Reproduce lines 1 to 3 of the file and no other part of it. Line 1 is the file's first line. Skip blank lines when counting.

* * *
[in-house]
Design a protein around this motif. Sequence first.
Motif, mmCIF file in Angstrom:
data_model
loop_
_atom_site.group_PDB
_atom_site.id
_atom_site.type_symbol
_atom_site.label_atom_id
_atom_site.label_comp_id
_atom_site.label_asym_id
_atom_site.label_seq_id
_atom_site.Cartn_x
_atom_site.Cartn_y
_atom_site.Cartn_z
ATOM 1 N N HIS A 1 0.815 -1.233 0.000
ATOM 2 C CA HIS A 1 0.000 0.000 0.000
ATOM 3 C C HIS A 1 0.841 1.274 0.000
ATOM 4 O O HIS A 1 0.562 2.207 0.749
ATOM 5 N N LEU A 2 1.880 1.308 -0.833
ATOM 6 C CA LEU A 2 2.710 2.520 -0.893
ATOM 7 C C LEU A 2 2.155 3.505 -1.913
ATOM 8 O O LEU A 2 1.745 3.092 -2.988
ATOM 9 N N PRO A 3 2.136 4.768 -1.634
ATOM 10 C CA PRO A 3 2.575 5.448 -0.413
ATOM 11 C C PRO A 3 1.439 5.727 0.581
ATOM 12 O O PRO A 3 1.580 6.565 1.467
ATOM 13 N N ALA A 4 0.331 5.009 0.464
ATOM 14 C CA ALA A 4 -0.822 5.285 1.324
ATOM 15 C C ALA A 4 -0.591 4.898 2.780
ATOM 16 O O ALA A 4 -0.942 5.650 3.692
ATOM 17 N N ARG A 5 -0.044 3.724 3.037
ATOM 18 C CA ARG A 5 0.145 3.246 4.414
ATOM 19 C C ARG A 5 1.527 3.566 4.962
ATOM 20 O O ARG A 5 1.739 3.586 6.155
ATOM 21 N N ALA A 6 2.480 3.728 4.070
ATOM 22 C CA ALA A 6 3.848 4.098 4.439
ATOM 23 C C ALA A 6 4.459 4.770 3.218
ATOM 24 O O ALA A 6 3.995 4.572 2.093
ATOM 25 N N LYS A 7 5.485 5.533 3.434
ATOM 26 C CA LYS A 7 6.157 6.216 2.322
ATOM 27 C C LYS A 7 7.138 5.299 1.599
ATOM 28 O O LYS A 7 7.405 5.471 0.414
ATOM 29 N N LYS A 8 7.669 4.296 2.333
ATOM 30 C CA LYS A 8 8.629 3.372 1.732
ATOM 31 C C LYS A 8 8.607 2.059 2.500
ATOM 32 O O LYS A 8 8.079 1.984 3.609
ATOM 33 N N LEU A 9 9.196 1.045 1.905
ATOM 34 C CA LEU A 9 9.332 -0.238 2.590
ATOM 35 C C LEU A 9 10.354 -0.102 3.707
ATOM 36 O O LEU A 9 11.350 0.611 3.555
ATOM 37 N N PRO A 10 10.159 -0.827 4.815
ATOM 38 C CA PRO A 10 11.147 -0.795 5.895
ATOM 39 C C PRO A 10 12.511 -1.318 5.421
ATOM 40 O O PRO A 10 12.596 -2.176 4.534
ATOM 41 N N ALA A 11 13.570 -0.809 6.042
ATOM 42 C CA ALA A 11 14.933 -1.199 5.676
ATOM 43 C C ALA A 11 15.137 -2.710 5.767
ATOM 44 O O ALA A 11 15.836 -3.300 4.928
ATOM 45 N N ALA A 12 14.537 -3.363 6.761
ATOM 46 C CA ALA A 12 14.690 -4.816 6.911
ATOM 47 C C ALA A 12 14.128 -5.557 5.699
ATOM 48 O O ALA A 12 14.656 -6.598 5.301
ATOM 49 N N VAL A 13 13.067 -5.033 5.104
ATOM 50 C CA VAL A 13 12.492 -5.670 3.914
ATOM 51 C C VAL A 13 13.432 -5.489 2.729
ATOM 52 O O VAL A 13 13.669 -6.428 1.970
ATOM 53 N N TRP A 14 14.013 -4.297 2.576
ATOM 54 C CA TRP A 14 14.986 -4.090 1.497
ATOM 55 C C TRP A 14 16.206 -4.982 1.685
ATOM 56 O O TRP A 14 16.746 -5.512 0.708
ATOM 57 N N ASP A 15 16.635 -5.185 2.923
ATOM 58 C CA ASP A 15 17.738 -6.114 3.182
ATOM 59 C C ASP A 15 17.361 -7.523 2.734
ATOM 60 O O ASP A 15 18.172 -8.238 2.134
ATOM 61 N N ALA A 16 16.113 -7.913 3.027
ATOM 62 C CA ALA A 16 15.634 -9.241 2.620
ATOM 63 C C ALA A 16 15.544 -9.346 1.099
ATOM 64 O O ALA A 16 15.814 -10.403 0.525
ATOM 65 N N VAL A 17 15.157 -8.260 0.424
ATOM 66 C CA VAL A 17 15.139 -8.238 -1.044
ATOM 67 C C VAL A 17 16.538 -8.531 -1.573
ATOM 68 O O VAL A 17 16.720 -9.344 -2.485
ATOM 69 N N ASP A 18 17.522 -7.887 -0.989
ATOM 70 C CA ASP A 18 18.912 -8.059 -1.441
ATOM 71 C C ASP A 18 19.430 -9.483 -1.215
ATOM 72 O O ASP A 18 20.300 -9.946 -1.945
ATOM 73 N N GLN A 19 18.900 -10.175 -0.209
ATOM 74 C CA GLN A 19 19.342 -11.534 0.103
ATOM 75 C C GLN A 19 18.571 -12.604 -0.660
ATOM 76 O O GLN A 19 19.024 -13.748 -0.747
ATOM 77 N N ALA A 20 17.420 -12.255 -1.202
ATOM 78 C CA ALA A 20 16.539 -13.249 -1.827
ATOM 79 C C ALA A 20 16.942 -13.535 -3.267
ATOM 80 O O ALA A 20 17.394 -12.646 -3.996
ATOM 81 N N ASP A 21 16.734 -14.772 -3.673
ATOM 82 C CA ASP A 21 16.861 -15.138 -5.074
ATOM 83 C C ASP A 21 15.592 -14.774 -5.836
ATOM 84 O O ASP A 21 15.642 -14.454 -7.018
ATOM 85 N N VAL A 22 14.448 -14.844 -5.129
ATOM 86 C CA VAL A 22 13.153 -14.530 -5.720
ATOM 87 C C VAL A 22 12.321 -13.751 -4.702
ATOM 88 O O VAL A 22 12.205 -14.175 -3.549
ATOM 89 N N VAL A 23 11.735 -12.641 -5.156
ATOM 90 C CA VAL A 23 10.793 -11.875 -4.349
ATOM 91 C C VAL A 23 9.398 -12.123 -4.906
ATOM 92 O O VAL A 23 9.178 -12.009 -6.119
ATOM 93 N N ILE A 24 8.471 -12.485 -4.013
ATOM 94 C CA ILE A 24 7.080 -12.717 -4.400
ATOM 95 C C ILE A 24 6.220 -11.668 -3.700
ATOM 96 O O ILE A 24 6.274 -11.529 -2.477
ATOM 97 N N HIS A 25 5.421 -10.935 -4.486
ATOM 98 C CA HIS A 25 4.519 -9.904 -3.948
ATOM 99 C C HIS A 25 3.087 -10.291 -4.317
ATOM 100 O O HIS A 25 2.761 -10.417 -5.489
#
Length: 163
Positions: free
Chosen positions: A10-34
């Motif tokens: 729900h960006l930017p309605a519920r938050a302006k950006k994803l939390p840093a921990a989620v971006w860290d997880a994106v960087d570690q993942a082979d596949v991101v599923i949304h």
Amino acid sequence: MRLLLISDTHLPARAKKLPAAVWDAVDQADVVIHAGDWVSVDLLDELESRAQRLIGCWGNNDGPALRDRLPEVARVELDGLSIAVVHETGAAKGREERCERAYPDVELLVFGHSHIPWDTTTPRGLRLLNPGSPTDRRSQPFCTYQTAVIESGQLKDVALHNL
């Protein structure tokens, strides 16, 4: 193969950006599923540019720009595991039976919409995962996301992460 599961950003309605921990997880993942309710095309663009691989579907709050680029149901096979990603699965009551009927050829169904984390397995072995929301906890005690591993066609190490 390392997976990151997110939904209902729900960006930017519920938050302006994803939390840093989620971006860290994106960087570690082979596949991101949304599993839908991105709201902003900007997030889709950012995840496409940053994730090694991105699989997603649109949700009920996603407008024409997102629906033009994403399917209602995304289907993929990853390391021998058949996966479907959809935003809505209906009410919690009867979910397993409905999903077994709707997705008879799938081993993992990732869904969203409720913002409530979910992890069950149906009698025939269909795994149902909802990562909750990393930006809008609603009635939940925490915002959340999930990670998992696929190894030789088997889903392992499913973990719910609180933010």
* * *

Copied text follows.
[in-house]
Design a protein around this motif. Sequence first.
Motif, mmCIF file in Angstrom: